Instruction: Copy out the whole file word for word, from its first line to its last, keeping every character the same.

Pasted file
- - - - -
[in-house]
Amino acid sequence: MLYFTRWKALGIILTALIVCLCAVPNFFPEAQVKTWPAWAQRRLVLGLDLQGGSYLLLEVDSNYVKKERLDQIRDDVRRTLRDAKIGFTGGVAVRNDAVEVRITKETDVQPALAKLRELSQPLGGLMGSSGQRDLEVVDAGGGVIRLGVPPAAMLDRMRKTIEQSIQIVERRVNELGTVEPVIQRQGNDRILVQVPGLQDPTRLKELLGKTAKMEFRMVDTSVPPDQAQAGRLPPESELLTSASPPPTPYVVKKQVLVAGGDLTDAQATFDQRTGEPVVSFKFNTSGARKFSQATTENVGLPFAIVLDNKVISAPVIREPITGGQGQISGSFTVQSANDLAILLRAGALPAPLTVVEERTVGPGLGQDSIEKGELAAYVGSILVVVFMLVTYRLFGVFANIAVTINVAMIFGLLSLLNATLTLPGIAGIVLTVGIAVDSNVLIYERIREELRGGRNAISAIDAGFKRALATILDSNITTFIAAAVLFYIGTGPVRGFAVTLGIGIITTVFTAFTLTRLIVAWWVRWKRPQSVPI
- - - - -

[in-house]
Amino acid sequence: MLYFTRWKALGIILTALIVCLCAVPNFFPEAQVKTWPAWAQRRLVLGLDLQGGSYLLLEVDSNYVKKERLDQIRDDVRRTLRDAKIGFTGGVAVRNDAVEVRITKETDVQPALAKLRELSQPLGGLMGSSGQRDLEVVDAGGGVIRLGVPPAAMLDRMRKTIEQSIQIVERRVNELGTVEPVIQRQGNDRILVQVPGLQDPTRLKELLGKTAKMEFRMVDTSVPPDQAQAGRLPPESELLTSASPPPTPYVVKKQVLVAGGDLTDAQATFDQRTGEPVVSFKFNTSGARKFSQATTENVGLPFAIVLDNKVISAPVIREPITGGQGQISGSFTVQSANDLAILLRAGALPAPLTVVEERTVGPGLGQDSIEKGELAAYVGSILVVVFMLVTYRLFGVFANIAVTINVAMIFGLLSLLNATLTLPGIAGIVLTVGIAVDSNVLIYERIREELRGGRNAISAIDAGFKRALATILDSNITTFIAAAVLFYIGTGPVRGFAVTLGIGIITTVFTAFTLTRLIVAWWVRWKRPQSVPI